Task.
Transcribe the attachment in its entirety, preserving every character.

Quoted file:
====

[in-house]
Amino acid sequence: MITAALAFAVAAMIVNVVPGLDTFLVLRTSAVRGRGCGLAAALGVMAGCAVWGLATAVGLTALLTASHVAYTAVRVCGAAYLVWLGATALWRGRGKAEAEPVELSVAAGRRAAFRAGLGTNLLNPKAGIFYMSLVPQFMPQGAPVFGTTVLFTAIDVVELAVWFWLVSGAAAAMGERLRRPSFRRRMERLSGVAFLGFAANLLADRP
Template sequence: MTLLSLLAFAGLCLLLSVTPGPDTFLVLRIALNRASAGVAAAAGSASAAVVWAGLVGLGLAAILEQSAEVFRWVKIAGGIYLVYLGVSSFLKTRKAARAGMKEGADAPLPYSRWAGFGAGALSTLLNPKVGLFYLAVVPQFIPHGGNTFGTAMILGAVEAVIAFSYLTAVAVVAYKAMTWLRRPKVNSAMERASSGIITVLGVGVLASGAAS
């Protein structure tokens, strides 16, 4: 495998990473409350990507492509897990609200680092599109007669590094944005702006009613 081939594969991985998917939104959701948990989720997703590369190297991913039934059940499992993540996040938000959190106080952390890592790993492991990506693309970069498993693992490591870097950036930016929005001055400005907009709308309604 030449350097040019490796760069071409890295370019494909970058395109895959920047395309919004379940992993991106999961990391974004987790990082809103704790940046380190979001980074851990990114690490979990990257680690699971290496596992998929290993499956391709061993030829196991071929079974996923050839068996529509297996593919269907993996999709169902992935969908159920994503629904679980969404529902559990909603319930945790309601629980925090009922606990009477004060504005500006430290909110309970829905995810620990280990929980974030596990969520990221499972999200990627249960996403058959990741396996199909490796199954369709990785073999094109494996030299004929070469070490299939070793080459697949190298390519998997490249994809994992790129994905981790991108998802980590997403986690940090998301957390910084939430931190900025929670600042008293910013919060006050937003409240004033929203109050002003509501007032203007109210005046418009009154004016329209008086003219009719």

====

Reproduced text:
[in-house]
Amino acid sequence: MITAALAFAVAAMIVNVVPGLDTFLVLRTSAVRGRGCGLAAALGVMAGCAVWGLATAVGLTALLTASHVAYTAVRVCGAAYLVWLGATALWRGRGKAEAEPVELSVAAGRRAAFRAGLGTNLLNPKAGIFYMSLVPQFMPQGAPVFGTTVLFTAIDVVELAVWFWLVSGAAAAMGERLRRPSFRRRMERLSGVAFLGFAANLLADRP
Template sequence: MTLLSLLAFAGLCLLLSVTPGPDTFLVLRIALNRASAGVAAAAGSASAAVVWAGLVGLGLAAILEQSAEVFRWVKIAGGIYLVYLGVSSFLKTRKAARAGMKEGADAPLPYSRWAGFGAGALSTLLNPKVGLFYLAVVPQFIPHGGNTFGTAMILGAVEAVIAFSYLTAVAVVAYKAMTWLRRPKVNSAMERASSGIITVLGVGVLASGAAS
């Protein structure tokens, strides 16, 4: 495998990473409350990507492509897990609200680092599109007669590094944005702006009613 081939594969991985998917939104959701948990989720997703590369190297991913039934059940499992993540996040938000959190106080952390890592790993492991990506693309970069498993693992490591870097950036930016929005001055400005907009709308309604 030449350097040019490796760069071409890295370019494909970058395109895959920047395309919004379940992993991106999961990391974004987790990082809103704790940046380190979001980074851990990114690490979990990257680690699971290496596992998929290993499956391709061993030829196991071929079974996923050839068996529509297996593919269907993996999709169902992935969908159920994503629904679980969404529902559990909603319930945790309601629980925090009922606990009477004060504005500006430290909110309970829905995810620990280990929980974030596990969520990221499972999200990627249960996403058959990741396996199909490796199954369709990785073999094109494996030299004929070469070490299939070793080459697949190298390519998997490249994809994992790129994905981790991108998802980590997403986690940090998301957390910084939430931190900025929670600042008293910013919060006050937003409240004033929203109050002003509501007032203007109210005046418009009154004016329209008086003219009719």